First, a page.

It is this call to stewardship of God’s earth which gives us as Christians the impetus to become leaders in the war against climate change and environmental loss. In the book of Genesis, using rich poetic metaphor, God plants a garden and fills it with creatures, presumably including the cheetah. As his last act of creation, humans are introduced. They are charged with the care of creation. And yet it is not long before it all goes wrong, and humans turn against their environment, eating from the forbidden tree, and at conflict with God’s creatures. The restoration of our right relationship with God, made possible through the life, death and resurrection of Jesus, includes a restoration of right relationships on earth with all God’s creation. We are called not to despoil and exploit our environment, but to live in harmony with it.

The Christian environmental charity A Rocha UK launched EcoChurch to help Christian communities take this leadership in caring for the environment. I offer my congratulations to you here at All Saints for recently gaining the bronze award, and over the coming months and years as a community there is much you will do to reduce tour environmental impact and strive for Net Zero here on Childs Hill, to support others in our area and beyond in advocating for environmental protection, and facilitating individuals and families to take personal responsibility for our planet.

So what practical steps can we take? My approach has always been to take one step at a time, rather than feeling everything needs to be done at once. Our unsustainable lifestyles are deeply ingrained and take some changing. But change them we must. Among changes we might consider are:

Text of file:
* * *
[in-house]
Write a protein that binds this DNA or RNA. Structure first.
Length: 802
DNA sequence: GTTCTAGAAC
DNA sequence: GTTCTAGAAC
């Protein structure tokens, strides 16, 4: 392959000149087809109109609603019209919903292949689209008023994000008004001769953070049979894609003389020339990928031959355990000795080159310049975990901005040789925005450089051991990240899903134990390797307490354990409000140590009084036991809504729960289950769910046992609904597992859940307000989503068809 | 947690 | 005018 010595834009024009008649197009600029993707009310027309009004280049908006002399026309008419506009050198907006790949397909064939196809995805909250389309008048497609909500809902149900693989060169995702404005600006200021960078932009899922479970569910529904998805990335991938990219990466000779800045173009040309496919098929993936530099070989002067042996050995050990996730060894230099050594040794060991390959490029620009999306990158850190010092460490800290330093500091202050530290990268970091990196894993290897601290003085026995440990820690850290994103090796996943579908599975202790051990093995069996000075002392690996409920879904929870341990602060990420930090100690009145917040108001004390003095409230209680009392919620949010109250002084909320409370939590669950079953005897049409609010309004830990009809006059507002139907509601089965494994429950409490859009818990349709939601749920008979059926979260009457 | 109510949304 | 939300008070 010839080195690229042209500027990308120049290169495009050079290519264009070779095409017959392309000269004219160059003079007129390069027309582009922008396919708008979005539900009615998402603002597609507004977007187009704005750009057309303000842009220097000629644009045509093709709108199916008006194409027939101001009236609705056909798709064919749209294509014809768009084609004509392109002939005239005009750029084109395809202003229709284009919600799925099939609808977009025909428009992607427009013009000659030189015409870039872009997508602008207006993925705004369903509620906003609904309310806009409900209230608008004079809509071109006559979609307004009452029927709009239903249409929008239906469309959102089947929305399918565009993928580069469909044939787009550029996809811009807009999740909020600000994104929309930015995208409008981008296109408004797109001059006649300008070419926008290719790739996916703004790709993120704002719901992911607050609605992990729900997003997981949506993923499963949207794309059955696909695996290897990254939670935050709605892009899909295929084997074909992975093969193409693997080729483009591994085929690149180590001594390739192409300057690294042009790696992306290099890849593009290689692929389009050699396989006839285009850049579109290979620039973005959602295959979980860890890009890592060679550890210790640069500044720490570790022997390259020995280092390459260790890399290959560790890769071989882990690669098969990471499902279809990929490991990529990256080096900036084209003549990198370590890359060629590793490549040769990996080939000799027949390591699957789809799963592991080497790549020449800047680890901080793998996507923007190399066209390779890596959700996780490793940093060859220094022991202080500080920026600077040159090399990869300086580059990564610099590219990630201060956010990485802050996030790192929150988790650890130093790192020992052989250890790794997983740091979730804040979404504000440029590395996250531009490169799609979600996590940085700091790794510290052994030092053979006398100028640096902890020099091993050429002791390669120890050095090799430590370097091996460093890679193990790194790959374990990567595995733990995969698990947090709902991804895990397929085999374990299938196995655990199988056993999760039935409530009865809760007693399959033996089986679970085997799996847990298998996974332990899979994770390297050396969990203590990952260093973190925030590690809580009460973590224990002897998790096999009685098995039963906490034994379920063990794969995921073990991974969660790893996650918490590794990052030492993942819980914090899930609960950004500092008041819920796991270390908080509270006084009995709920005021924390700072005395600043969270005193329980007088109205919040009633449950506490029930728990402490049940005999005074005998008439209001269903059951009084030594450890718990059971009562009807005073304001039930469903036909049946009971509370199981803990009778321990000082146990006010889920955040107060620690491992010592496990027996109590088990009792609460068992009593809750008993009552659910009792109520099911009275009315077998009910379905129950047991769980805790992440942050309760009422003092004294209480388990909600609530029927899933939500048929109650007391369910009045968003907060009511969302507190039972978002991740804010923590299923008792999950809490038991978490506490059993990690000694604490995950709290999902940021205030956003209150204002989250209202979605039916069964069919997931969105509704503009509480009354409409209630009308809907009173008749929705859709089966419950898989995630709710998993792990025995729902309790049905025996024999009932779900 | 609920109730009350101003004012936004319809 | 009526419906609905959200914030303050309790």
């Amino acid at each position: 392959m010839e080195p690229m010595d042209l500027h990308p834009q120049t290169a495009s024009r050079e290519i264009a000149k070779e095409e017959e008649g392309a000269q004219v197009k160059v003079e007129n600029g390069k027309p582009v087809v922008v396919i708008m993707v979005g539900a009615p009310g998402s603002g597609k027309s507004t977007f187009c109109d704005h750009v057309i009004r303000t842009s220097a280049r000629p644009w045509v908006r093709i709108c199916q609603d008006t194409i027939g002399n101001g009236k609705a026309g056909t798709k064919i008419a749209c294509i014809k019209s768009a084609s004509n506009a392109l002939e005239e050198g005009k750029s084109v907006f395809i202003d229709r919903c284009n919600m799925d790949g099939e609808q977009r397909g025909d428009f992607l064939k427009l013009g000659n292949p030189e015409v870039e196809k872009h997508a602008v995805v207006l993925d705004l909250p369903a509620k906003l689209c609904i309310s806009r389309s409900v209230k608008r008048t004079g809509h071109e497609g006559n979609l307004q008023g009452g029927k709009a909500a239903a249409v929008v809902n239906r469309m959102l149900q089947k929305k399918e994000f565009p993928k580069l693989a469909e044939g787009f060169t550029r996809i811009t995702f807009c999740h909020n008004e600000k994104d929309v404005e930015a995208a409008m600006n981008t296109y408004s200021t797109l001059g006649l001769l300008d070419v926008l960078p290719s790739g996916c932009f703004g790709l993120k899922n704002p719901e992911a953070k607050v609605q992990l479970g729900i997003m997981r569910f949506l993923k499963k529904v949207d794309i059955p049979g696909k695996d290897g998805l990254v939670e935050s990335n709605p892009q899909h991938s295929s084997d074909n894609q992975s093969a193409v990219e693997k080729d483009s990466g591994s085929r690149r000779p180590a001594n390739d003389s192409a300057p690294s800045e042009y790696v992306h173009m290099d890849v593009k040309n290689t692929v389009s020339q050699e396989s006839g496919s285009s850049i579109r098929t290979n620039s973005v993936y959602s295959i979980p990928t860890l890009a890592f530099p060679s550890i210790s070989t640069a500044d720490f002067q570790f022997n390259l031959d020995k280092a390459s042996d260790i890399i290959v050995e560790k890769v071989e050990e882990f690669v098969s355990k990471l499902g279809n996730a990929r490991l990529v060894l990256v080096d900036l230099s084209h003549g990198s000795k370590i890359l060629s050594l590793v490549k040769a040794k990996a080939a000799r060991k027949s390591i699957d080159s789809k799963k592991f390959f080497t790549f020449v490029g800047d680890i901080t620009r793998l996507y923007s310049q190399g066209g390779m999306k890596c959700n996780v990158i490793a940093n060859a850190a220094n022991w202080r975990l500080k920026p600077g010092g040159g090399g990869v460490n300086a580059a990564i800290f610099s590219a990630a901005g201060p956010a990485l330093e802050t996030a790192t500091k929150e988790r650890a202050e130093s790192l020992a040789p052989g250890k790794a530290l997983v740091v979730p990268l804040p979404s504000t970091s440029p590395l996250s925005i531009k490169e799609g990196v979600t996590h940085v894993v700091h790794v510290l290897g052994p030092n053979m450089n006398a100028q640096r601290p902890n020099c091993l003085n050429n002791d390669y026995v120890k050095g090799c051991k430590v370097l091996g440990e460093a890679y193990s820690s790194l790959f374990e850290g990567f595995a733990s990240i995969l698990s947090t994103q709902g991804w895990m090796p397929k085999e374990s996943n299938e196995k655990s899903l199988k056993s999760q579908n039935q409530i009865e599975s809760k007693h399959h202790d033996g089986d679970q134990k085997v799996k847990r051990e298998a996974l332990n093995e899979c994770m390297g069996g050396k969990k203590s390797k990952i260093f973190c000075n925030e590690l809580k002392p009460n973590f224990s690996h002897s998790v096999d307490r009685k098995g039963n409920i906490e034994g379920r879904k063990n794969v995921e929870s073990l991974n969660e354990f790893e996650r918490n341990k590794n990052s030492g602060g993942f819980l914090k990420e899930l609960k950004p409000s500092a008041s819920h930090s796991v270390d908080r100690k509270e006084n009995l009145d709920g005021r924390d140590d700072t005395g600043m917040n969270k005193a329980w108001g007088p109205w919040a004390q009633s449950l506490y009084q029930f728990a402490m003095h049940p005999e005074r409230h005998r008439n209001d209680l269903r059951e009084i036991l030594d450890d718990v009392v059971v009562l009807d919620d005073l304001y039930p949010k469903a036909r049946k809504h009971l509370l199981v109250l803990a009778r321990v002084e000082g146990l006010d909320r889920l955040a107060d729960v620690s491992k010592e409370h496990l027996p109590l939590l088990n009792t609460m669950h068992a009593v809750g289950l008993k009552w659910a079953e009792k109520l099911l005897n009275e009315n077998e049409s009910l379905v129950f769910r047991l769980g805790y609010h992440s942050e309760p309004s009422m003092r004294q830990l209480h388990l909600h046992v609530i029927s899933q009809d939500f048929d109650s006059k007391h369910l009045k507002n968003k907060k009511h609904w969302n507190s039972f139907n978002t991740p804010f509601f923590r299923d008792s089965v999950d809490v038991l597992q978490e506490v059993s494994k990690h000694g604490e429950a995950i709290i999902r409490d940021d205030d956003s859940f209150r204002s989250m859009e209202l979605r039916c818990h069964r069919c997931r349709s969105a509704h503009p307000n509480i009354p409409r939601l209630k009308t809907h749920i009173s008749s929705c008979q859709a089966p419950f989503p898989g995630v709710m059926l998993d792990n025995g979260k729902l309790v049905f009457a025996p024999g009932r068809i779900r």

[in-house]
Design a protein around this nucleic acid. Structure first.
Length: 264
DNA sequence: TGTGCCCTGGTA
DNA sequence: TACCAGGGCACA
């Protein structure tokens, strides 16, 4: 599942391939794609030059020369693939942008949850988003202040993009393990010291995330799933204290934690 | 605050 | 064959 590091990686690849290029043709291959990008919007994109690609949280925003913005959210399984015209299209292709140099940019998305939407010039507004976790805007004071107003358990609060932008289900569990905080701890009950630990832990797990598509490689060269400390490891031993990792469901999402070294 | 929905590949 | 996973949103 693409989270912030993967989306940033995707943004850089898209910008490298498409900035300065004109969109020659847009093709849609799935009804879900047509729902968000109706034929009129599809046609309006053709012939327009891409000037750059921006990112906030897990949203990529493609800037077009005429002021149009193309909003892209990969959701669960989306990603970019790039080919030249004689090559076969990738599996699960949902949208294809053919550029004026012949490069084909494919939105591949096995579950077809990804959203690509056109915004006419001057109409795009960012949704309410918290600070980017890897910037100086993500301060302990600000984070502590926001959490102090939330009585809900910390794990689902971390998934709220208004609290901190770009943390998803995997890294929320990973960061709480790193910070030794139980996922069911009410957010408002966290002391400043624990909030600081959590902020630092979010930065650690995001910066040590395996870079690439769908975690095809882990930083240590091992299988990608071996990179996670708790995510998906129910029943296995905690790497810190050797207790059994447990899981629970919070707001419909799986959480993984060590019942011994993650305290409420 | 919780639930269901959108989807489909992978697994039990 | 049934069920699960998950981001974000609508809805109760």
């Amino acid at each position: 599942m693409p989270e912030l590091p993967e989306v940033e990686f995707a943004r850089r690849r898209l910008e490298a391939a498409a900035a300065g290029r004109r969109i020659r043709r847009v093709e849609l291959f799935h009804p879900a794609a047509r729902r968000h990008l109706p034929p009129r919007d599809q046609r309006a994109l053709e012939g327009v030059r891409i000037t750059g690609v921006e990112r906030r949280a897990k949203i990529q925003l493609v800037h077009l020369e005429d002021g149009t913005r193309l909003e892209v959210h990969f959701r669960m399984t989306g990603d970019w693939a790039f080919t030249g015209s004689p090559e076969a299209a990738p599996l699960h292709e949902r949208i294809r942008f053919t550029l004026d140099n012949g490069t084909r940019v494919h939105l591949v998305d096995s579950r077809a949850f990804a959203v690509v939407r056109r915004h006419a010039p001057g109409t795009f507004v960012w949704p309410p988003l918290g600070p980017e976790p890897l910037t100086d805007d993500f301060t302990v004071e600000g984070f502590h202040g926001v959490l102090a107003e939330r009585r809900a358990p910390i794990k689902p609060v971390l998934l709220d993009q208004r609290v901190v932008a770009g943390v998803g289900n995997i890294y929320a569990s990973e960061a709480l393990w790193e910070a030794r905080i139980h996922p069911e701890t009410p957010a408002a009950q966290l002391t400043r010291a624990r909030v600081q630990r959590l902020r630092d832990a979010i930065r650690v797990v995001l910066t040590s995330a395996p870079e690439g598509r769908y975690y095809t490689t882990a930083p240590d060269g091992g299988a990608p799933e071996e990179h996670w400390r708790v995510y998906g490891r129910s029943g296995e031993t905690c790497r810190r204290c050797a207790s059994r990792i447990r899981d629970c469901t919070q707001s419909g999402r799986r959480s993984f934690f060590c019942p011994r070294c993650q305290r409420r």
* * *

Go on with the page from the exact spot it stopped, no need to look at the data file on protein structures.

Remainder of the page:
driving and flying less,
investing in LED lighting,
considering veganism or vegetarianism,
switching our energy and gas to a green supplier,
supporting an environmental charity,
recycling more,
using less energy,
and, importantly, becoming an advocate.

This one is crucial. Christians need to be leaders. Everything we do personally is only of value when others follow our lead and become part of a movement for change.

I have had the privilege of being Creation Care champion in the Two Cities area, and we have recently set up the Westminster Churches Net Zero Forum, to work together in accelerating our transition away from fossil fuels and towards a sustainable community life.

So speak to friends and family, write to councillors and MPs, encourage other local churches to embrace EcoChurch and help foster a spirit of mutual accountability for society’s stewardship of the earth.

The consequences of runaway climate change and species loss are potentially terrifying. But those consequences are not inevitable. There is time to save the earth, though that time is short. God has given us one earth – as the saying goes, there is no Planet B. Our choices will determine whether future generations are the heirs to an abundant earth, or an arid and lifeless wilderness.

As the wise writer of the book of Ecclesiasticus says: Before each person are life and death, and whichever one chooses will be given.

Let us then, this Harvest, choose life, and share with Jesus in the redeeming work of restoring creation as God would have it be. Amen.

The Reverend Robin Sims-Williams

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Sunday Mornings

8.00am Said Eucharist
10.00am Parish Eucharist with choir and Sunday School

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Morning Prayer Monday through Wednesdays at 9.20am